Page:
The voice of and for USM students


The voice of and for USM students


The voice of and for USM students


Mississippi Anti-Critical Race Theory bill sets vague precedent for state history curriculum
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The Student Printz Executive Editor Kyra Lampley and SM2 News Director Charlie Luttrell contributed to this report.

As the ink dries on Mississippi Governor Tate Reeves’ signature of Senate Bill 2133, the law goes into effect, aiming to restrict discussions of race from Mississippi classrooms.

Mississippi Gov. Tate Reeves passed the bill on March 14, sparking debates regarding the effect on classroom instruction of the topic. 

According to Purdue University, CRT is defined as a ‘theoretical and interpretive mode that examines the appearance of race and racism across dominant cultural modes of expression’. 

In his recent address to the state, Reeves says that the teaching of CRT is not beneficial to Mississippi children’s education.

“CRT threatens the integrity of our kids’ education and aims only to humiliate and indoctrinate,” Reeves said.

Cheryl Jenkins, the associate director for the Center for Black Studies at University of Southern Mississippi, says that CRT is often used in her courses to teach about the inequalities that people of color face in the United States.

“Because it is relevant to my courses, particularly on the graduate level because we look at how race is perpetuated through our media systems,” Jenkins said.

Jenkins says that CRT is an integral part of her graduate level classes at USM. (Photo/Z’eani Furdge)

However, Reeves said that the bill will not prohibit the teaching of history, causing a confusion of what the bill will actually accomplish and how it will be enforced.

Many consider this a political ploy that is being used to ensure that certain parties get elected to governmental offices. 

Robert Press, member of the NAACP executive committee and a political science professor at the University of Southern Mississippi believes that is the case in Mississippi.

“I think it remains to be seen as a political issue. So, it’s all about the midterms (election). There is nothing educational about this issue,” Press said.

Press says that the CRT bill and public discussion is rather a political move than anything to do with the change of the educational system in Mississippi. (Photo/Z’eani Furdge)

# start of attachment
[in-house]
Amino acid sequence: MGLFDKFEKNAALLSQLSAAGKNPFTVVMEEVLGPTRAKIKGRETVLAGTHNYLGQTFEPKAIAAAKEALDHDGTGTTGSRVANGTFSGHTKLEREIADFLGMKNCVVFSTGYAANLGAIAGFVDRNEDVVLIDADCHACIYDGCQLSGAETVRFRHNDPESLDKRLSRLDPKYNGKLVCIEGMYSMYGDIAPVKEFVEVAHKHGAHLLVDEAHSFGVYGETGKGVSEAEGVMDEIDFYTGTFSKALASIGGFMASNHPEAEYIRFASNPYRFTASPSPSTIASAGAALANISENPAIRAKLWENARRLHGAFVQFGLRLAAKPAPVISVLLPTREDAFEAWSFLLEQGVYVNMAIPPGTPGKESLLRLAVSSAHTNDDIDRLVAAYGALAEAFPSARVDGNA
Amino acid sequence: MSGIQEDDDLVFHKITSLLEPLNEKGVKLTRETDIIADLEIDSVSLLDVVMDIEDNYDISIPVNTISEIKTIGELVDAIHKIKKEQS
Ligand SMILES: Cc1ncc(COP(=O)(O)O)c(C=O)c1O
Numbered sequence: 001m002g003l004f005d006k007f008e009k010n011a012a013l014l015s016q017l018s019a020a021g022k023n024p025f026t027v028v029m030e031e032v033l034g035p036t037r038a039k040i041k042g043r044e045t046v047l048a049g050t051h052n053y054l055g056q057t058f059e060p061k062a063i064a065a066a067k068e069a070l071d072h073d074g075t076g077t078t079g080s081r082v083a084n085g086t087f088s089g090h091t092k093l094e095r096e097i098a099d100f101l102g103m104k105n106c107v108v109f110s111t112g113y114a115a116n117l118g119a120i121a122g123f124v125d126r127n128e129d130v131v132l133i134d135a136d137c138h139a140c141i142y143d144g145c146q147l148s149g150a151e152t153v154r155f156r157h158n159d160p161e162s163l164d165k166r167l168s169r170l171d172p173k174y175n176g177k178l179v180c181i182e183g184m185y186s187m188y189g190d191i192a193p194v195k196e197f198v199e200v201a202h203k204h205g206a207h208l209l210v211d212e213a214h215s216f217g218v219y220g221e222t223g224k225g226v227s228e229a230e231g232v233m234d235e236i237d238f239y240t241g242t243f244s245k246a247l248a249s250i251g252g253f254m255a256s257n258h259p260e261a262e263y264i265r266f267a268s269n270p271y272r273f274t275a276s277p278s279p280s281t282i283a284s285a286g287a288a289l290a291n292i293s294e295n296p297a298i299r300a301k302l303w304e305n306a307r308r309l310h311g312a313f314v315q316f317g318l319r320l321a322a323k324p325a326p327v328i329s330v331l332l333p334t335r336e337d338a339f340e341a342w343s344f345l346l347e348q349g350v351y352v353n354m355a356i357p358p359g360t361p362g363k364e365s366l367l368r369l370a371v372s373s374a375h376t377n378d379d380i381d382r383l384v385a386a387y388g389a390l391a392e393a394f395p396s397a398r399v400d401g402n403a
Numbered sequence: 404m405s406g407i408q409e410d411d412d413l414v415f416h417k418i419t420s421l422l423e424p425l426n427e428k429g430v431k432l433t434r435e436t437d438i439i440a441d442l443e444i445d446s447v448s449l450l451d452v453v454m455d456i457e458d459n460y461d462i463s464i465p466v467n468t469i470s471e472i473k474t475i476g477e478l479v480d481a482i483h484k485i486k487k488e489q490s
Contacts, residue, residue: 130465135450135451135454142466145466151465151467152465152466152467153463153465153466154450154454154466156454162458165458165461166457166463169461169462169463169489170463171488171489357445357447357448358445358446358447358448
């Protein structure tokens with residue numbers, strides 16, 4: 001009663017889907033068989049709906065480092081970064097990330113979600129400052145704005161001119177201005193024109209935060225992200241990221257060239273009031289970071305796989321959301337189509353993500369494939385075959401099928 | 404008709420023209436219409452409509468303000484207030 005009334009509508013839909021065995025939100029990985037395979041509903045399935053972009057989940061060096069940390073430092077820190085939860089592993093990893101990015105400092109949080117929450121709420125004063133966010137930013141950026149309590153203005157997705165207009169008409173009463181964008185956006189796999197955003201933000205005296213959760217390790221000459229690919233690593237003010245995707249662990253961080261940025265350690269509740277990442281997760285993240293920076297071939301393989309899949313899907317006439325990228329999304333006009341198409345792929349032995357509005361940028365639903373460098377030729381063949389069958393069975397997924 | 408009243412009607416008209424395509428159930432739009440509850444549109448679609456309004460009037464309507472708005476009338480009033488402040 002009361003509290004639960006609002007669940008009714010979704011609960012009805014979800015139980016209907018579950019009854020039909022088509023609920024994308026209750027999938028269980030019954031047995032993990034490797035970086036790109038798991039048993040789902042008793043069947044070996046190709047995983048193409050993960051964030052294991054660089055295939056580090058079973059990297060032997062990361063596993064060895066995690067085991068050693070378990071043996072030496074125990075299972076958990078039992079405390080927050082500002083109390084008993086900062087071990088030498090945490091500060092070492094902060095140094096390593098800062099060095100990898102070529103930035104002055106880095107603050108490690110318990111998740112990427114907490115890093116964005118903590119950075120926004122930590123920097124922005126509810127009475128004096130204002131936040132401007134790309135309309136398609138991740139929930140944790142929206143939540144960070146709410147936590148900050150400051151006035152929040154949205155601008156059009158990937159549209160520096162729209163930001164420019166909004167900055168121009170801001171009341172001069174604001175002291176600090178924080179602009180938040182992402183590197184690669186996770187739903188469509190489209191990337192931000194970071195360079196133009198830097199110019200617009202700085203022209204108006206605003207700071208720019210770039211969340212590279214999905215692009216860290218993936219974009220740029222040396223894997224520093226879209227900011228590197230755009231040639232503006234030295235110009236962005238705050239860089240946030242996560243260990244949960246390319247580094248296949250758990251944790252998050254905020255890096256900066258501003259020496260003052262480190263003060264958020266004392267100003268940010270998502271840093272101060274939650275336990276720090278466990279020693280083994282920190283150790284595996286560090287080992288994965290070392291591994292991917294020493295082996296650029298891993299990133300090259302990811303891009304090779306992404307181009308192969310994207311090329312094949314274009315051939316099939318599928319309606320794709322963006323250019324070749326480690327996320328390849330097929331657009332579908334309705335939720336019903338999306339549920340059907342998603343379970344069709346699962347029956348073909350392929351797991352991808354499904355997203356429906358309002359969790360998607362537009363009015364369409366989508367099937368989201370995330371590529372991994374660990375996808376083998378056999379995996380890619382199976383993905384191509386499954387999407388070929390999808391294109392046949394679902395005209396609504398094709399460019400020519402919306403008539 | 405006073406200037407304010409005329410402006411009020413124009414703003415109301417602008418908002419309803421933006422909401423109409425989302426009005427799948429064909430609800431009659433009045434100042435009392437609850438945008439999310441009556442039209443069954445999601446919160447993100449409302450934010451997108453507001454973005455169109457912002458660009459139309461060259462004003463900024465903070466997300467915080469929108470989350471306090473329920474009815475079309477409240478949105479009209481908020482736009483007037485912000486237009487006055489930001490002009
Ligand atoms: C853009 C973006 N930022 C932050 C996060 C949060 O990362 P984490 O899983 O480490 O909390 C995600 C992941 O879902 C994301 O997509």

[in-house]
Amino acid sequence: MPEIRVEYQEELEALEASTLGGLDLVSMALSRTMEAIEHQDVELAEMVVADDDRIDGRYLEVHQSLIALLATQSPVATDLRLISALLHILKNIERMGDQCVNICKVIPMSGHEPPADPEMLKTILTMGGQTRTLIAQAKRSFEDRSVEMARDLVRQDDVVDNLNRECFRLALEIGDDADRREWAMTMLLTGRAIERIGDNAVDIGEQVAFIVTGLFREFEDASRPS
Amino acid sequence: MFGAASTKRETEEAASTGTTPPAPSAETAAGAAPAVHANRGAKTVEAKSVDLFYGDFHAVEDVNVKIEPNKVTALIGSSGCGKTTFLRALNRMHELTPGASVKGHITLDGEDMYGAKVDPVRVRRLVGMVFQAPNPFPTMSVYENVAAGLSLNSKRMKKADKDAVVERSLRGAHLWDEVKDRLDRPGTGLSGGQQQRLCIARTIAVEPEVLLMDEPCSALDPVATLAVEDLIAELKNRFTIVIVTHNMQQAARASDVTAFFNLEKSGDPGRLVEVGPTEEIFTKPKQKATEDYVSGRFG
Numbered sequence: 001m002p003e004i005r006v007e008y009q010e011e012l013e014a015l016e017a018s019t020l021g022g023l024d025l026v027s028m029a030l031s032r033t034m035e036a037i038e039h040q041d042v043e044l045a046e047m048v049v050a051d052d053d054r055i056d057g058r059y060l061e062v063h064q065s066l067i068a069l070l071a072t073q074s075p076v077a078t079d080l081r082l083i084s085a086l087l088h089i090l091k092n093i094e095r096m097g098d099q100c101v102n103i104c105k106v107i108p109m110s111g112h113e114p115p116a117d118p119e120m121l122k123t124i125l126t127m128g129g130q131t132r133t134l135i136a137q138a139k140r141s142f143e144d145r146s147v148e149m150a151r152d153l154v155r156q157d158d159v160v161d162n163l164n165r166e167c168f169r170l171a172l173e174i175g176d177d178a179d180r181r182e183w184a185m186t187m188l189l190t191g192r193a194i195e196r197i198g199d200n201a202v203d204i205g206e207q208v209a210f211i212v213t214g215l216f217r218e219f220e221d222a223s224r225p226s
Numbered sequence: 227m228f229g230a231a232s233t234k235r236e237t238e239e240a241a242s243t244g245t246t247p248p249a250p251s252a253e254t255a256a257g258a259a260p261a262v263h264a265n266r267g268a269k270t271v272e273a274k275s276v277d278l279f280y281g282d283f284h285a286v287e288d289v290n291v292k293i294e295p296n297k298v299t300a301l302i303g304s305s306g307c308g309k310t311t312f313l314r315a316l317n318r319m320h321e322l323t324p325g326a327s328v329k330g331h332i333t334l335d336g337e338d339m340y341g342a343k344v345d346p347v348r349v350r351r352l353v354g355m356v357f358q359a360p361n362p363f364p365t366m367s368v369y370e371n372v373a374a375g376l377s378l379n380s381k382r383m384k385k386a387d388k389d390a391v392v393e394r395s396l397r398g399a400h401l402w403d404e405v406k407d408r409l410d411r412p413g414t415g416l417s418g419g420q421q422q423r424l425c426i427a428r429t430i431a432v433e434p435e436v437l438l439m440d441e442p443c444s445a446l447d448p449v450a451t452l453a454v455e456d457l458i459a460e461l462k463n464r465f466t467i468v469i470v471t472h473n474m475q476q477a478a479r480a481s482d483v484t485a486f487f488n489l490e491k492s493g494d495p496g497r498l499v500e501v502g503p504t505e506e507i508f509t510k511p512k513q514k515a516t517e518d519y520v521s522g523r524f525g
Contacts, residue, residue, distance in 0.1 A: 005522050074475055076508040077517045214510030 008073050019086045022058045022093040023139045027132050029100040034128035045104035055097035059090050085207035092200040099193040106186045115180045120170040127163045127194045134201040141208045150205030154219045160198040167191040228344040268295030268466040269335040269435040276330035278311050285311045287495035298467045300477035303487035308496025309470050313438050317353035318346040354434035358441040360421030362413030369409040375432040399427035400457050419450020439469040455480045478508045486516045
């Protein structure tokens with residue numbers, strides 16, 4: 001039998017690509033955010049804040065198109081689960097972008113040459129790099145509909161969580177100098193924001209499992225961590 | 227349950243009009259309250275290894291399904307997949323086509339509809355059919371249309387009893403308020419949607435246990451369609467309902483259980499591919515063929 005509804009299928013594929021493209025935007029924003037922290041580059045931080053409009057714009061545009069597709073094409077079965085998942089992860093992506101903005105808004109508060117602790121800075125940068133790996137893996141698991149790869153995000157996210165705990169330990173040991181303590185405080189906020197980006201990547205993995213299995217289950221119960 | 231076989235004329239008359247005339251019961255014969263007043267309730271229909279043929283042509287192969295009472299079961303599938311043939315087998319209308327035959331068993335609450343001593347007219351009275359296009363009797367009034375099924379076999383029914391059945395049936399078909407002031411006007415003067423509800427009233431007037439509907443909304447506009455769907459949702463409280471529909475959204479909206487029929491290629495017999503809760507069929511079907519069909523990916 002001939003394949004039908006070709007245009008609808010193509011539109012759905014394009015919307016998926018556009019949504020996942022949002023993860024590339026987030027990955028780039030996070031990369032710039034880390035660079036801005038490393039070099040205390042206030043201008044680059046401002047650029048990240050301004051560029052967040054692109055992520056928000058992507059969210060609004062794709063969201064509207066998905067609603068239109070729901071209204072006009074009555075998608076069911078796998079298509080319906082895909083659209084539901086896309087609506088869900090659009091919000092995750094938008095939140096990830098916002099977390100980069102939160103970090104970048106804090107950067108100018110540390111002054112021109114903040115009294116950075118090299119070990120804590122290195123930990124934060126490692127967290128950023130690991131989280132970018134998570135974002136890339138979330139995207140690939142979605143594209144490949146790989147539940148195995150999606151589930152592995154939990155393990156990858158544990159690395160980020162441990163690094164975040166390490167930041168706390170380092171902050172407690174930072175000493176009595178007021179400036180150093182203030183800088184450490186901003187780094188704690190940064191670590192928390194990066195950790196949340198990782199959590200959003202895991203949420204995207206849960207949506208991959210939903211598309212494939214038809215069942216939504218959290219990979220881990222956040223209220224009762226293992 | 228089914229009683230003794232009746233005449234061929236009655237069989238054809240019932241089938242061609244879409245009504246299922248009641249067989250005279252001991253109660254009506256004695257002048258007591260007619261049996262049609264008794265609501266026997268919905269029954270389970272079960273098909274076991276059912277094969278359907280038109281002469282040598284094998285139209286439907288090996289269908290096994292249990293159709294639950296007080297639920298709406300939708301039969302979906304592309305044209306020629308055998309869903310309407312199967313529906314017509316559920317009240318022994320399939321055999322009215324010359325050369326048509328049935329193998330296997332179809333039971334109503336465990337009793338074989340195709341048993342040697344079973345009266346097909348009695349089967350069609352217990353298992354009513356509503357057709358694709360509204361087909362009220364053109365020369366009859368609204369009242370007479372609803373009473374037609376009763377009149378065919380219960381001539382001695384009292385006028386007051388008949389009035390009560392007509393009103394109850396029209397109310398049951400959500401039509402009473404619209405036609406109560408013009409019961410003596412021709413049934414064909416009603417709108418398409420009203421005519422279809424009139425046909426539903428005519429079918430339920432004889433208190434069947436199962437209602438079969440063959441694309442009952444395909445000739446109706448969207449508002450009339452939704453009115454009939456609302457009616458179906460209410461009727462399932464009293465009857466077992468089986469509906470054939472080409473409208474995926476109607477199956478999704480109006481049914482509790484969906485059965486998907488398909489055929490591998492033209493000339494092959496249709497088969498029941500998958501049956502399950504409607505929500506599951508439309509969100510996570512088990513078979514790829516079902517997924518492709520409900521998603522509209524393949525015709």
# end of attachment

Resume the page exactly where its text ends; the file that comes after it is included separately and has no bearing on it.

And it’s that rhetoric that politicians are spreading on CRT that the Press says is causing the divisive debate and causing a misconception of what CRT actually is and does in education.

While some are concerned about the potential effect the bill could have on higher education, Jenkins says that most of the concern is what is shows to public kindergarten through grade 12 education.

As academic freedom protects higher education and the IHL has already taken measures to restrict legislature from changing curriculum, public education is not protected in such a way.

“I think it will scare secondary school teachers because it’s vague but it’s less vague than it was, so if they take it literally, there’s nothing in there to bother them,” Press said.

Contrary to what people believe, CRT is a principle that acknowledges that racism has systematically been embedded into U.S. social organizations (ex: the criminal justice system, health care, job markets, etc.) 

Yet, Reeves said while signing 2133 that the teaching of CRT is a way of the “radical left” to turn students into “liberal operatives”.

“The radical left in the media continue to shed misinformation on this critical issue,” Reeves said. “Children are dragged to the front of the classroom and are coerced to declare themselves as oppressors, that they should feel guilty because of the color of their skin, or that they are inherently a victim because of their race.”

(Full statement from Gov. Tate Reeves available at

While Reeves does not want to recognize the wrong doings in the past of Mississippi, Jenkins says that this issue is unfair for those who need to learn about CRT.

“It’s not the only prism that we use to talk about representation or stereotypes, but because the media is a system, it is very legitimate for that (CRT) to be discussed,” Jenkins said.

While the bill has been passed, efforts are continuing to be made to ensure that future generations of children in Mississippi receive adequate education on the principles of CRT and the systemic racist ideologies in the state. 

Both Press and Jenkins said the legislation will not change how they teach their courses at USM, but Jenkins said that the legislation is an opportunity to enact change.

“I think in the long run, it’s something we’ll have to deal with historically. This has happened across the history of higher education and I think we’ll learn from it and that higher-education has an opportunity to step up and say what we’re doing when I think that hasn’t happened before,” Jenkins said. “I think that’s why most people don’t even know what Critical Race Theory is because the people who know are not the ones that you’re actually hearing.”

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